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How to Combine the Major and Minor Pentatonic Scales

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In our previous two lessons, we went over the Major Scale and the Minor Pentatonic Scale. Specifically we learned the A Major scale and the F#m Pentatonic scale. We chose those two scales because F#m is the relative minor in the key of A. Simply, this means that these two scales go together when playing in the key of A.

Putting the scales together

Maj Min Combine

The diagram on the right shows both the A Major scale (denoted in blue) and the F# Minor Pentatonic scale (denoted in red). The purple dots indicate where both scales overlap. This is where the magic happens.

When you are playing a song in the key of A, you can use either scale to create melodies and lead lines. You will often need to use notes from both scales, though, so the purple dots allow you to ‘cross over’.

For example, if you’re playing the minor pentatonic scale, the 3rd note you’ll hit is the C# – it’s the purple dot just behind the 4th fret of the A string. That same C# is also the 3rd note of the A major scale. So, if you’re playing the minor pentatonic, and you hit that C# with your third (ring) finger, you can slide up to the 5th fret or the 7th fret. Now you’re playing in the A major scale.

This works with any of the purple notes – you can slide up into the major scale or down into the minor scale.

To get fluid with this you’ll just need to practice. There are no real hard or fast rules – you just need to know where each scale is and which notes are in it, and then work on moving back and forth between them. Pretty soon you’ll find yourself moving seamlessly and creating licks and lead melody lines.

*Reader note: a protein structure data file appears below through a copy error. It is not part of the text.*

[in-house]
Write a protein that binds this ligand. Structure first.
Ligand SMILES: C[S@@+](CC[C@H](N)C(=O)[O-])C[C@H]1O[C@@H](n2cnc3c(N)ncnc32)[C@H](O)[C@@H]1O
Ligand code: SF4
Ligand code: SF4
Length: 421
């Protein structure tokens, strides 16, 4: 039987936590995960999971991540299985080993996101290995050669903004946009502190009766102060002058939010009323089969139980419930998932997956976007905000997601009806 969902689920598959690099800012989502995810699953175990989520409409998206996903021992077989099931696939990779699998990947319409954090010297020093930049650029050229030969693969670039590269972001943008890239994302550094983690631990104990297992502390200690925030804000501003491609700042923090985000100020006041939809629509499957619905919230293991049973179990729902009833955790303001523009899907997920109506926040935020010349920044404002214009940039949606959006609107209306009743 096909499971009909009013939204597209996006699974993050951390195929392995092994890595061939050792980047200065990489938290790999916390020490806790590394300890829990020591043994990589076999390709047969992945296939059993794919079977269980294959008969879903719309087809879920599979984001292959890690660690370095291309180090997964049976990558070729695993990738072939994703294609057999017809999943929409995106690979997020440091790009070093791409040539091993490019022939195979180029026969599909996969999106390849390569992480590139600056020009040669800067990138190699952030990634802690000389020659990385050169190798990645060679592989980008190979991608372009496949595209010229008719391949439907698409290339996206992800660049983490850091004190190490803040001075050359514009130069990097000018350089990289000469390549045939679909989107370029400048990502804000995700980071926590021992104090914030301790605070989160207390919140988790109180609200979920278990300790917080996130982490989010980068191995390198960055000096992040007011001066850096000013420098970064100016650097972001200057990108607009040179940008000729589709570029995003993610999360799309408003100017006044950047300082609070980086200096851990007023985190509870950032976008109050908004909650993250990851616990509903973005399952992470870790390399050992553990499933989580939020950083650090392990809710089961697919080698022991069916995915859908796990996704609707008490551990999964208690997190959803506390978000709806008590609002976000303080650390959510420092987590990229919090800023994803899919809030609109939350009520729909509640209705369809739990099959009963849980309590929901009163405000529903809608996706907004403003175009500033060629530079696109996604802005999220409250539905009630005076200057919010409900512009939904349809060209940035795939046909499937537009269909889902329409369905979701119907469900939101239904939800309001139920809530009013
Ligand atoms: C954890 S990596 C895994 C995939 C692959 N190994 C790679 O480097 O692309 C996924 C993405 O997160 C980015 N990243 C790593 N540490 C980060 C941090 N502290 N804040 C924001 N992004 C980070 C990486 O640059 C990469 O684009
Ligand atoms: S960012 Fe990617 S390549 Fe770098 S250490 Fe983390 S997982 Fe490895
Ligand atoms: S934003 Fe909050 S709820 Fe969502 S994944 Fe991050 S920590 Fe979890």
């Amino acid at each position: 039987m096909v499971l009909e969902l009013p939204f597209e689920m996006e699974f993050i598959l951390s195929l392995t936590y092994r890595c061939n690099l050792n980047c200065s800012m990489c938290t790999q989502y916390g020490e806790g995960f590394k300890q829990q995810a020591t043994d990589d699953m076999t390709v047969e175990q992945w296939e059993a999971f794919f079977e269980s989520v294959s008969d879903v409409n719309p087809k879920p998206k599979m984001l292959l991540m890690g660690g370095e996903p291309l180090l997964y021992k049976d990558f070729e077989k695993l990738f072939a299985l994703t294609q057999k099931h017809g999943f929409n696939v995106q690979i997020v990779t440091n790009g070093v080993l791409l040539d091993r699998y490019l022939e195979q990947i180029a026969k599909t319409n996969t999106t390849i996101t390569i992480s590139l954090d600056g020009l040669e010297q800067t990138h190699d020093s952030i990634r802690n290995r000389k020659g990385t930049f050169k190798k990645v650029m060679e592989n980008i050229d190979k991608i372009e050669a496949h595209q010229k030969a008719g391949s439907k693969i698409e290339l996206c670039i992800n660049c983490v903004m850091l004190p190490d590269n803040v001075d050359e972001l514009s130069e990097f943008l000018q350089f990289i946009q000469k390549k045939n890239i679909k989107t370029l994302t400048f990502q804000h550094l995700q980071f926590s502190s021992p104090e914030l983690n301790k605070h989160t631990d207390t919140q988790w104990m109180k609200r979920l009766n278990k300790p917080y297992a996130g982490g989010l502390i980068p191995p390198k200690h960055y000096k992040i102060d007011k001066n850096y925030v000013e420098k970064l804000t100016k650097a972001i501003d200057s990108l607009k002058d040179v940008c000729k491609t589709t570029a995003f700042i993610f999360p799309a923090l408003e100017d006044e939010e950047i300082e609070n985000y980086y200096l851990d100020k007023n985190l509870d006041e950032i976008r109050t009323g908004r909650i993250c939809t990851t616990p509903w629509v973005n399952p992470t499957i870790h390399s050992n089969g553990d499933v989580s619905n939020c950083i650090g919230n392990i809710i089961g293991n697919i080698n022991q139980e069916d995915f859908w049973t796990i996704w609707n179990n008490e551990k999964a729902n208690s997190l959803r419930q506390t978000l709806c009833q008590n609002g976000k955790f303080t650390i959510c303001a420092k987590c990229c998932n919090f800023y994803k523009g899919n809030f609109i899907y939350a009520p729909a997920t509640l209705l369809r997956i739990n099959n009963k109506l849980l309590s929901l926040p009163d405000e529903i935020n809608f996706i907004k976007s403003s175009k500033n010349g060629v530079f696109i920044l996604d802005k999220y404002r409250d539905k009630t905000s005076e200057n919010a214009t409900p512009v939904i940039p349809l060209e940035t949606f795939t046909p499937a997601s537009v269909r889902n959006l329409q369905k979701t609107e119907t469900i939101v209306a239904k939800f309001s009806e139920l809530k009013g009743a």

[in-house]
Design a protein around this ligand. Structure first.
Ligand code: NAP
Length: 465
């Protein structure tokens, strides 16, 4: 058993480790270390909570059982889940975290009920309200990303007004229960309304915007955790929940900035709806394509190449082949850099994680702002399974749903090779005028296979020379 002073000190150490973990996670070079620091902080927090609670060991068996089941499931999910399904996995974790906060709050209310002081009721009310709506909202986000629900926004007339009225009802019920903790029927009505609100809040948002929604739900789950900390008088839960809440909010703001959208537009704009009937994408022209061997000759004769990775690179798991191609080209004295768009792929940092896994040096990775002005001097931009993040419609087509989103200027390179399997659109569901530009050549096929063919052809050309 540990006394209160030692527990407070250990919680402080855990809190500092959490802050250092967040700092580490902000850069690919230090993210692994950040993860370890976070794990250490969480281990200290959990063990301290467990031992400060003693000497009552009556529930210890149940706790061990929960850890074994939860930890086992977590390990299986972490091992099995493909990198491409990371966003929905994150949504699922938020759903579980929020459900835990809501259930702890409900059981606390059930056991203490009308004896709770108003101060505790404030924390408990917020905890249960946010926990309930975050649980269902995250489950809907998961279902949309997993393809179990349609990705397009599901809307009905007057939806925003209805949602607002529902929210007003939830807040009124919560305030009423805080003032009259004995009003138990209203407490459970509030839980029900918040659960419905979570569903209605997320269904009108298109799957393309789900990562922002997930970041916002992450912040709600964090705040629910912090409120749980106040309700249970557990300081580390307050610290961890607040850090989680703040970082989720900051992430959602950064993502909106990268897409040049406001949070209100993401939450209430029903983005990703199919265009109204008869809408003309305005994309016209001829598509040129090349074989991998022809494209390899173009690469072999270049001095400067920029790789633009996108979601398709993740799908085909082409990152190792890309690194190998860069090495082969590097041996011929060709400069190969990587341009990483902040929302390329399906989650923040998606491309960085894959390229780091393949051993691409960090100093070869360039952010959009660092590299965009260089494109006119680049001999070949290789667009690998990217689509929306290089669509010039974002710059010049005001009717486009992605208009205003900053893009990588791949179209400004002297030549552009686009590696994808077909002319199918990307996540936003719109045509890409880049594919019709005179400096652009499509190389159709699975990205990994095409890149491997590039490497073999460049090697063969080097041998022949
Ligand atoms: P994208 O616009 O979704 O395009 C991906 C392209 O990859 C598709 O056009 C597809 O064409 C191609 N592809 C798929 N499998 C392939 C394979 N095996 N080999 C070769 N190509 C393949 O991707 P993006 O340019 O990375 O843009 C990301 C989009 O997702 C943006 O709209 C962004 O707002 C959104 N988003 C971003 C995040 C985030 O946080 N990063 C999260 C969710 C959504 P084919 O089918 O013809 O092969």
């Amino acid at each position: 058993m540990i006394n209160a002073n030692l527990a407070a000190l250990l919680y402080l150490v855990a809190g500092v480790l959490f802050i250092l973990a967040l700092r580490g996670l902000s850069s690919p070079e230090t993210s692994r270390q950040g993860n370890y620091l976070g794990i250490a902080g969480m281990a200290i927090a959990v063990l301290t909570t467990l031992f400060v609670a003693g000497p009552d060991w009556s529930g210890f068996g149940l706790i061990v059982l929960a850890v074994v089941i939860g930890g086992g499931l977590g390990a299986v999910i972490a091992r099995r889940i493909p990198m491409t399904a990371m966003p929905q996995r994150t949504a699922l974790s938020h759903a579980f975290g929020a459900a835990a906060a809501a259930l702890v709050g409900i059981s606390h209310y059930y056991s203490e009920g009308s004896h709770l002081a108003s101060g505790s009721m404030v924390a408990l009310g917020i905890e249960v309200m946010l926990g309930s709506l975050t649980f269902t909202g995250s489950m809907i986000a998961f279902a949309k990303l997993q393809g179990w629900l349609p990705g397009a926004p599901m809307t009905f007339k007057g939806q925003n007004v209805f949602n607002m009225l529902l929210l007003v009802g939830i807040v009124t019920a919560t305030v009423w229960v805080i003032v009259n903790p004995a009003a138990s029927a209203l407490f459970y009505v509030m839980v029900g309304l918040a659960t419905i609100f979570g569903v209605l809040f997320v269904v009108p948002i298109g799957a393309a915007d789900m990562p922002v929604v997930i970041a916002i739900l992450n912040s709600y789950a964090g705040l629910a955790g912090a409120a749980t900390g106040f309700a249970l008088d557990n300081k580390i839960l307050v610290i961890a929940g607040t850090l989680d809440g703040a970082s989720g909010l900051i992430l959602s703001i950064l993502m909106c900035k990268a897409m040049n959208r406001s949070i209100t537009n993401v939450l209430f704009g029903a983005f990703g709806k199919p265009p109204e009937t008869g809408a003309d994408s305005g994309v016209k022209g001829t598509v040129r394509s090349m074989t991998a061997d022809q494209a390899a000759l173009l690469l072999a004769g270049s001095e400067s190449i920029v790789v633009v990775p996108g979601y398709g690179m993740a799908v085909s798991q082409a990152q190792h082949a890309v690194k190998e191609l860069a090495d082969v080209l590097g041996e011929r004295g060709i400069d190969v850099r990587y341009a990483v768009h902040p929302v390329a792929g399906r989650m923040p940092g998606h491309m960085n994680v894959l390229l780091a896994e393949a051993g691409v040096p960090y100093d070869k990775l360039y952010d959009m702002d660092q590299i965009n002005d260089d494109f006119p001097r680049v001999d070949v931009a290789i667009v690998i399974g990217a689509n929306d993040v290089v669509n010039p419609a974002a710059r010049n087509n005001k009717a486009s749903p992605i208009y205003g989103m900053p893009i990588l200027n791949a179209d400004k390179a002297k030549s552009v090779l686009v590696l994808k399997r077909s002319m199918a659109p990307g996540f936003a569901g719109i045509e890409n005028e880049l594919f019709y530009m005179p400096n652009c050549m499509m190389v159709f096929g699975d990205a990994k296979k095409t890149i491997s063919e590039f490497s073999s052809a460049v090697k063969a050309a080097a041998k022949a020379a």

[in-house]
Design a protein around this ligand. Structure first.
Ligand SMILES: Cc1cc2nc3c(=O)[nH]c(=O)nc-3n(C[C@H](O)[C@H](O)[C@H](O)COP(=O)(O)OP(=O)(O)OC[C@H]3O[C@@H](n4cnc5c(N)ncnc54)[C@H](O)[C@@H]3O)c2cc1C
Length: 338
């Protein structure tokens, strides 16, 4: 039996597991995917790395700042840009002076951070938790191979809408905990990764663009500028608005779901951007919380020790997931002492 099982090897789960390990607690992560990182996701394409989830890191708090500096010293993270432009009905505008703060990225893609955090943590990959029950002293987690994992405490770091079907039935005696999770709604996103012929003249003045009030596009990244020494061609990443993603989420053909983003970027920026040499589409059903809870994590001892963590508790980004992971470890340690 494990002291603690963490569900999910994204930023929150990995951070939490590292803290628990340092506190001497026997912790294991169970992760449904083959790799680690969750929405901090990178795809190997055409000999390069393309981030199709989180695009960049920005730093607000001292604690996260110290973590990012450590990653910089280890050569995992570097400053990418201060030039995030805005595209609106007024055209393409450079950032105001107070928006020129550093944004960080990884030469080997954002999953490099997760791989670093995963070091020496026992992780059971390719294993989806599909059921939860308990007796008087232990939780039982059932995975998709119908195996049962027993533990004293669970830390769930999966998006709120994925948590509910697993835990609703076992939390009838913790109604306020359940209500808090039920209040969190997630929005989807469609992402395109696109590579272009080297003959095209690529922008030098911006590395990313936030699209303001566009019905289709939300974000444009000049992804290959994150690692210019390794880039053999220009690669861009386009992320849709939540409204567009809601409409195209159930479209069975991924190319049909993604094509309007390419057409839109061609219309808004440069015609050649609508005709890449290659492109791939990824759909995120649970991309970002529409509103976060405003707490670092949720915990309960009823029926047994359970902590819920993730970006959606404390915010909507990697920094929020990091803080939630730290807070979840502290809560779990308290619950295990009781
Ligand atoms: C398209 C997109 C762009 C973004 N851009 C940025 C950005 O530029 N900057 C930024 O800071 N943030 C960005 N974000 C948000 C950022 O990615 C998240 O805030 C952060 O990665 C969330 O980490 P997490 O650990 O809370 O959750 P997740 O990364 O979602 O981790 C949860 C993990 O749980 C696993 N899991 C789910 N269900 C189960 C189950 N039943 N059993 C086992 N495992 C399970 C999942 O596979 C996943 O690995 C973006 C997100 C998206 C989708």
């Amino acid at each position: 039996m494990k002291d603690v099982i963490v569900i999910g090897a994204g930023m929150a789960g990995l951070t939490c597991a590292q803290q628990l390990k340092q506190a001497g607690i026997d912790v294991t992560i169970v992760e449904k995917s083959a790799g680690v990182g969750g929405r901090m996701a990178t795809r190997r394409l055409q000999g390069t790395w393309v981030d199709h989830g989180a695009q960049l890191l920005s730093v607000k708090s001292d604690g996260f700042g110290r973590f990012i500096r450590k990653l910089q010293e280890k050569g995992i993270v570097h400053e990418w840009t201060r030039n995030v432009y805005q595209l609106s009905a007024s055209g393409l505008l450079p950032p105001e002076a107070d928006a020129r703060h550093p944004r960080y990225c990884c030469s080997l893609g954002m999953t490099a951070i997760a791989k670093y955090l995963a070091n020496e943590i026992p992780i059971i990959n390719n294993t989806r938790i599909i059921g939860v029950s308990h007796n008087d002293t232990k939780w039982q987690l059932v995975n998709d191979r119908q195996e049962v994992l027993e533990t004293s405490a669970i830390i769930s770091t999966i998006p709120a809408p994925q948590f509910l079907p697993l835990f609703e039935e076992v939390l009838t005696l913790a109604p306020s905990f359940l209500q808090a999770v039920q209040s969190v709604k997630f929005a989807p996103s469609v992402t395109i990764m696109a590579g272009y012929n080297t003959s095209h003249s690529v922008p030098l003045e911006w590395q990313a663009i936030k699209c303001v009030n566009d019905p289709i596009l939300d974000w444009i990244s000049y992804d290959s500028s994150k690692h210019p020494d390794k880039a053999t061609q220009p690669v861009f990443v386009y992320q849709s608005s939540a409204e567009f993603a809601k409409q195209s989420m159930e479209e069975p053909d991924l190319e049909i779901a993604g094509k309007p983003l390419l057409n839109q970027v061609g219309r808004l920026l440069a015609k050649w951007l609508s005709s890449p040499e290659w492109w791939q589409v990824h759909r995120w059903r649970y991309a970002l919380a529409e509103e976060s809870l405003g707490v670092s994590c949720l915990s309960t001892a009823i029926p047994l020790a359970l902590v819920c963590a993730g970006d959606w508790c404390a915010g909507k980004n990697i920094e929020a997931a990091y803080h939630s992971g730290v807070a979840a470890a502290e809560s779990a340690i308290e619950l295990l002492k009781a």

This same strategy works for all keys. Just use the Major Scale and the Minor Pentatonic Scale for the relative minor in that key.

Keys and relative minors

The relative minor is always the 6th of the major. Here are some examples:

  • Key of A – relative minor is F#m
  • Key of B – relative minor is G#m
  • Key of C – relative minor is Am
  • Key of D – relative minor is Bm
  • Key of E – relative minor is C#m
  • Key of G – relative minor is Em

9 Responses to How to Combine the Major and Minor Pentatonic Scales

  1. Nate Nov 28, 2013 at 4:55 pm #

    Hey you guys are awesome! I know you get a lot of requests but I would still like to request Came to my rescue by hillsong. There are other videos on how to play but I love hearing the cover and besides the raw guitar details, I love hearing your input on the songs. Instead of just telling us chords and rhythms you care about the feel of the song which is the most important part. There is soul in your tutorials. Praise God for Worship Tutorials! Keep up the great work!

  2. Robert Sep 27, 2014 at 11:23 am #

    Does the pattern is still the same? For example, the A major scale is the same as B major scale. Is it true?

  3. Rob Jan 12, 2016 at 9:54 am #

    Thanks for these videos, they have been very helpful to me as I transition from an acoustic player to lead electric. I have one question, I understand that you can play the pentatonic scale over any chord progressions within the key, can you do the same with the major scale or do you have to be mindful of the chords when you are choosing which lead notes to play?

    • Brian Jan 18, 2016 at 2:16 pm #

      Hi Rob – you can play pretty much any note from the major scale as well, which is why they are so powerful when coming up with melodies and leads.

  4. Ruben Apr 15, 2016 at 7:17 pm #

    This is seriously the best vid on web on this topic!

    I’ve been working on improving my lead abilities and have watched a few of your vids, you guys do a great job.

  5. rahul bablu Aug 7, 2016 at 2:20 pm #

    hello, brian,
    why you combined only these two chords i mean A major and F# minor pentatonic. why dont you combine A major and B minor pentatonic ? please explain this
    thank you

    • Brian Aug 22, 2016 at 10:59 pm #

      Hi Rahul – without going too much into music theory, every major key has a relative minor key (it’s the 6). So, for the key of A, F#m is the relative minor, and those are they two scales you combine. For C, it’s Am. For G, it’s Em, and so on. It’s probably easiest just to memorize which ones go together.

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